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Viral warts

Author: Dr Amanda Oakley, Dermatologist, Hamilton, New Zealand, 1996. Updated by Dr Jannet Gomez, Postgraduate student in Clinical Dermatology, Queen Mary University London, UK, December 2016.

What are viral warts?

Warts are very common non-cancerous growths of the skin caused by infection with human papillomavirus (HPV), a DNA virus. More than 100 HPV subtypes are known, giving rise to a variety of presentations. Skin infection occurs in the superficial layers of the epidermis, causing proliferation of the keratinocytes (skin cells) and hyperkeratosis.

HPV types 2, 3, 4, 27, 29, and 57 are the most common subtypes of HPV in warts.

A viral wart on the sole of the foot is also called a verruca, and warty lesions are often described as verrucous.

Who gets viral warts?

Warts are particularly common in:

What causes viral warts?

HPV is spread by direct skin-to-skin contact or autoinoculation. This means if a wart is scratched or picked, the viral particles may be spread to another area of skin. The incubation period can be as long as twelve months.

What are the clinical features of viral warts?

Warts have a hard surface. A tiny black dot may be observed in the middle of each scaly spot, due to a thrombosed capillary blood vessel.

Common warts

Common warts present as  papules with a rough, hyperkeratotic surface ranging in size from 1 mm to larger than 1 cm. They arise most often on the backs of fingers or toes, around the nails—where they can distort nail growth—and on the knees. Sometimes they resemble a cauliflower; these are known as butcher’s warts.

Plantar warts

Plantar warts (verrucas) include tender inwardly growing and painful ‘myrmecia’ on the sole of the foot, and clusters of less painful mosaic warts. Plantar epidermoid cysts are associated with warts. Persistent plantar warts  may rarely be complicated by the development of verrucous carcinoma.

Plane warts

Plane warts have a flat surface. The most common sites are the face, hands and shins. They are often numerous. They may be inoculated by shaving or scratching, so that they appear in a linear distribution (pseudo-Koebner response). Plane warts are mostly caused by HPV types 3 and 10.

Filiform warts

Filiform warts are on a long stalk like a thread. They commonly appear on the face.

Mucosal warts

Oral warts can affect the lips and even inside the cheeks, where they may be called squamous cell papillomas. See also anogenital warts.

More images of viral warts

Complications of viral warts

Viral warts are very widespread in people with the rare inherited disorder epidermodysplasia verruciformis.

Malignant change is rare in common warts, and causes verrucous carcinoma.

Oncogenic strains of HPV, the cause of some anogenital warts and warts arising in the oropharynx, are responsible for intraepithelial and invasive neoplastic lesions including cervical, anal, penile and vulval cancer.

How are viral warts diagnosed?

Tests are rarely needed to diagnosis viral warts, as they are so common and have a characteristic appearance.  

What is the treatment for viral warts?

Many people don't bother to treat viral warts because treatment can be more uncomfortable than the warts—they are hardly ever a serious problem. Warts that are very small and not troublesome can be left alone and in some cases they will regress on its own.  

However, warts may be painful, and they often look ugly so cause embarrassment.

To get rid of them, we have to stimulate the body's own immune system to attack the wart virus. Persistence with the treatment and patience is essential!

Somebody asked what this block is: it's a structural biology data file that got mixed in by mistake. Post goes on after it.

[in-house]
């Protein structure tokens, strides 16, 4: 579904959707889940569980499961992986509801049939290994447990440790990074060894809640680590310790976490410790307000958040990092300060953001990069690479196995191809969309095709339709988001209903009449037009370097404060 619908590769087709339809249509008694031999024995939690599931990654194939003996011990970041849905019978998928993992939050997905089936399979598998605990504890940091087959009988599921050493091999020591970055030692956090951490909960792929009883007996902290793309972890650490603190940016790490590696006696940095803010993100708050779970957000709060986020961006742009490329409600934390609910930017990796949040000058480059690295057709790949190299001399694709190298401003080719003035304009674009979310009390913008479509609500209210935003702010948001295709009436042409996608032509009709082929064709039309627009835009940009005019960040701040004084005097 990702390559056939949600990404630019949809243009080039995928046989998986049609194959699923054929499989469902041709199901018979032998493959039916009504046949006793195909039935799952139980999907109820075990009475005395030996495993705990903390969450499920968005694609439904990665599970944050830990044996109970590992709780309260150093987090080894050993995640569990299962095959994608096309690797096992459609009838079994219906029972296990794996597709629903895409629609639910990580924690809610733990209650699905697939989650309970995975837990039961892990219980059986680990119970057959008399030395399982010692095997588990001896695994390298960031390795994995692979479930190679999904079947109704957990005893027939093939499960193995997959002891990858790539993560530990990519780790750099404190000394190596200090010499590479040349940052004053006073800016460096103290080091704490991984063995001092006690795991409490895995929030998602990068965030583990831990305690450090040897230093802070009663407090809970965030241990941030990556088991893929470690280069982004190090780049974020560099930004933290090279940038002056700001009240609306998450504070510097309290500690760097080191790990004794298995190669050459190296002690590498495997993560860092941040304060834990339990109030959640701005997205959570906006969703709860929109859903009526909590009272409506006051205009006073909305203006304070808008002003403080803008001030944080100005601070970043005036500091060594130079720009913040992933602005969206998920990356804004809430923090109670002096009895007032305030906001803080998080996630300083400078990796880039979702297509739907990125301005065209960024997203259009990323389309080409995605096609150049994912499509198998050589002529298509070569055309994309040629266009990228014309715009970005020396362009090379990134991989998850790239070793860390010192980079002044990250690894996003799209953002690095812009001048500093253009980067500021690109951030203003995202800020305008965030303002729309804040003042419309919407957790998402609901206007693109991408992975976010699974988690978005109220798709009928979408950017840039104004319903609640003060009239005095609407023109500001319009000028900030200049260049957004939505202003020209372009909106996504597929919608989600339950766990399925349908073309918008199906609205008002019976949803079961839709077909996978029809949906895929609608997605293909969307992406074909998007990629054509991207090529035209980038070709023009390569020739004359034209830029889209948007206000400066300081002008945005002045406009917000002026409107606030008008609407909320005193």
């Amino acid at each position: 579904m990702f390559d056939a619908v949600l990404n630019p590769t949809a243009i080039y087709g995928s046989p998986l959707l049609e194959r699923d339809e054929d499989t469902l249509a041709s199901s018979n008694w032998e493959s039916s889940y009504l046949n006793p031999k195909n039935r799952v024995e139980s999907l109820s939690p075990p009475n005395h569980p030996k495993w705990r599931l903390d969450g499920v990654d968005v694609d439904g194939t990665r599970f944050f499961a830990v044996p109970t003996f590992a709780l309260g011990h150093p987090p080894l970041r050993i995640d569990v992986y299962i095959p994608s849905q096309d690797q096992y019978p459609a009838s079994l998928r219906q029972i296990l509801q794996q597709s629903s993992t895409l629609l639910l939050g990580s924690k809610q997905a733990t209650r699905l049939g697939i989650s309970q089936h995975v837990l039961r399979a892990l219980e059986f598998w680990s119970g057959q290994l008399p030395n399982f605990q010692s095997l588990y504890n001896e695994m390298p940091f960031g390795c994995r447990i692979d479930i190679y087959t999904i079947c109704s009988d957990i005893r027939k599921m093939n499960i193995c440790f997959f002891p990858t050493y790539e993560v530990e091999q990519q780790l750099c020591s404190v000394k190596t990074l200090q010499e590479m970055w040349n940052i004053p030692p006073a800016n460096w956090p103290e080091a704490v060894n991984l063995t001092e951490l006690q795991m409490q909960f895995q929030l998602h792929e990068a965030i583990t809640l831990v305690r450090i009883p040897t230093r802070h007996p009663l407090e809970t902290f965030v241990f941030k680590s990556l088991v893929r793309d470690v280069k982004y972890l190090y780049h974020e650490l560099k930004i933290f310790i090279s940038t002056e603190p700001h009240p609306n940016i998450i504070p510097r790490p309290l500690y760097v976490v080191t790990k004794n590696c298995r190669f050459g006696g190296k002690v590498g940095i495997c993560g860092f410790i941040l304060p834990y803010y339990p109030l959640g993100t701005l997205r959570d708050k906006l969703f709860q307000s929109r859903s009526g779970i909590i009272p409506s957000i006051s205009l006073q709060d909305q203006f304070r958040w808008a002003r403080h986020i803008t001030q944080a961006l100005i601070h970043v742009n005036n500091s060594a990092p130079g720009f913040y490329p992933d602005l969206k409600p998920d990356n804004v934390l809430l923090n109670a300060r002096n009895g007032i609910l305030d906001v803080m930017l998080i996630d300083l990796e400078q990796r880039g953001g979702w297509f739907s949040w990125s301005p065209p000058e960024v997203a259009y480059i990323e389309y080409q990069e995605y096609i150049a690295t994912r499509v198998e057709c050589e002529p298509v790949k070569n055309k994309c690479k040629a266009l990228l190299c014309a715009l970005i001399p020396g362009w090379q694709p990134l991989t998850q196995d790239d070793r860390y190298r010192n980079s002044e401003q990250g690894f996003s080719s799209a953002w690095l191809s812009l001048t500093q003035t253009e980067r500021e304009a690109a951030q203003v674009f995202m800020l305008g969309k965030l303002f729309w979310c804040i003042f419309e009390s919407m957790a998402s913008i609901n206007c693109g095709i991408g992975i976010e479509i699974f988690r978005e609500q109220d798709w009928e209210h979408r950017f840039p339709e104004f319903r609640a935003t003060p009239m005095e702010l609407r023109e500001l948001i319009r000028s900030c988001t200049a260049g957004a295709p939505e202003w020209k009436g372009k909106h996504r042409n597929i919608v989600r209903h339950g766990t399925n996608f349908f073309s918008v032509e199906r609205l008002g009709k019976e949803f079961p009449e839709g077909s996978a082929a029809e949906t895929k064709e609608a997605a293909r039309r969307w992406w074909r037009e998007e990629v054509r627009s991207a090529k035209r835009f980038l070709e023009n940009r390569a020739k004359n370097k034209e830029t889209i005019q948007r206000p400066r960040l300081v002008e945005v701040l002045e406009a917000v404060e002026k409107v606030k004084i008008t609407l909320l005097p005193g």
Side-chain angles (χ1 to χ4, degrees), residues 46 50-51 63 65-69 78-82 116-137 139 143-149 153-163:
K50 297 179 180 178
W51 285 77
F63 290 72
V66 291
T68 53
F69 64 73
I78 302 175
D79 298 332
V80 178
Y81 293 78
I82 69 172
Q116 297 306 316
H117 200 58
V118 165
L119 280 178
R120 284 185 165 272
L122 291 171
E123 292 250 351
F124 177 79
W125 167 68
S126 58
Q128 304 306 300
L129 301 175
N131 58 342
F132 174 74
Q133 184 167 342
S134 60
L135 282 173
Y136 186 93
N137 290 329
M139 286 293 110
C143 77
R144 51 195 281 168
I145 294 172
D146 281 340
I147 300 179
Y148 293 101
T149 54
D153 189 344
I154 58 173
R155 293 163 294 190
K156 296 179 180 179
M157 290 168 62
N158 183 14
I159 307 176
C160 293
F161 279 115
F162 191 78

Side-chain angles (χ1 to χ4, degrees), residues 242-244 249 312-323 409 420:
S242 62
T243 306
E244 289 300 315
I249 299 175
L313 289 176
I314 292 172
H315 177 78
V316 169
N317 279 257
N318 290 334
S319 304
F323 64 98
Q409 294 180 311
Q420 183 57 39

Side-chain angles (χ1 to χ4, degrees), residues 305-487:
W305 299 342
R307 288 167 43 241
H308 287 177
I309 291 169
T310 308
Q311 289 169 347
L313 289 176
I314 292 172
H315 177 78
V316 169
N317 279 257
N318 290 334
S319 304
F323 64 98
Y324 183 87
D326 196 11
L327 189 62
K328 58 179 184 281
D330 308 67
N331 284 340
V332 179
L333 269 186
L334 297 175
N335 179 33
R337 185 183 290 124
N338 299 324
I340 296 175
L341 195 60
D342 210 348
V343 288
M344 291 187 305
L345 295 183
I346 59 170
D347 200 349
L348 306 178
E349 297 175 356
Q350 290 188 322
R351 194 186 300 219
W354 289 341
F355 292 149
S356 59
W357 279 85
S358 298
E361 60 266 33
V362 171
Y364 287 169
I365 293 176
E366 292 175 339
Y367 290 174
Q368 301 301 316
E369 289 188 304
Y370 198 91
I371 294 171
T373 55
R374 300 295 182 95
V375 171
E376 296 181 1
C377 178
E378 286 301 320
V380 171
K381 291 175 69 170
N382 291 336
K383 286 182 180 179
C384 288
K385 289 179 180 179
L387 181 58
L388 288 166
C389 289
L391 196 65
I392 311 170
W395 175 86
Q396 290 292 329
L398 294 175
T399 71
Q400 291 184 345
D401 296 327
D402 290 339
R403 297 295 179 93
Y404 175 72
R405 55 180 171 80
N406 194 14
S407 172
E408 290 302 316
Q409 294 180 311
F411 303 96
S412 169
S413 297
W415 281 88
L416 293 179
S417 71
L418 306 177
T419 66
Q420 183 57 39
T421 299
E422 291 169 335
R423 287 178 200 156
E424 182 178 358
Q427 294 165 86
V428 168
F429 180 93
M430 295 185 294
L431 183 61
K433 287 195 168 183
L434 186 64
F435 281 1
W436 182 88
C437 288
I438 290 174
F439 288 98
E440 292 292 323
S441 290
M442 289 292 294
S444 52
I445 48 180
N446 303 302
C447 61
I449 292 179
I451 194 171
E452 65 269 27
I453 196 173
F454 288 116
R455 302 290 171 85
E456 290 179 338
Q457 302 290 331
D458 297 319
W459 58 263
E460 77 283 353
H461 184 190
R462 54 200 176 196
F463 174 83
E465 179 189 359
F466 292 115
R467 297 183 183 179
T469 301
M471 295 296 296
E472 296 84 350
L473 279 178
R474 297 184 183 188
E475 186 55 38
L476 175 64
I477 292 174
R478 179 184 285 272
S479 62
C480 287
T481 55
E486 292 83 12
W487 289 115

Topical treatment

Topical treatment includes wart paints containing salicylic acid or similar compounds, which work by removing the dead surface skin cells. Podophyllin is a cytotoxic agent used in some products, and must not be used in pregnancy or in women considering pregnancy.

The paint is normally applied once daily. Treatment with wart paint usually makes the wart smaller and less uncomfortable; 70% of warts resolve within twelve weeks of daily applications.

If the wart paint makes the skin sore, stop treatment until the discomfort has settled, then recommence as above. Take care to keep the chemical off normal skin.

Cryotherapy

Cryotherapy is normally repeated at one to two–week intervals. It is uncomfortable and may result in blistering for several day or weeks. Success is in the order of 70% after 3-4 months of regular freezing.

A hard freeze using liquid nitrogen might cause a permanent white mark or scar. It can also cause temporary numbness.

An aerosol spray with a mixture of dimethyl ether and propane (DMEP) can be purchased over the counter to freeze common and plantar warts. It is important to read and follow the instructions carefully.

Combining Immunotherapy with cryotherapy reduces the number of cryotherapy sessions.

Electrosurgery

Electrosurgery (curettage and cautery) is used for large and resistant warts. Under local anaesthetic, the growth is pared away and the base burned. The wound heals in two weeks or longer; even then 20% of warts can be expected to recur within a few months. This treatment leaves a permanent scar.

Other treatments

Other experimental treatments for recurrent, resistant or extensive warts include:

How can viral warts be prevented?

HPV vaccines are available to prevent anogenital warts. Anecdotally, these have been reported to result in clearance of non-genital warts in some people. New vaccines are under development that may reduce the risk of other types of HPV.

What is the outlook for viral warts?

No treatment is universally effective at eradicating viral warts. In children, even without treatment, 50% of warts disappear within 6 months, and 90% are gone in 2 years. They are more persistent in adults but they clear up eventually.

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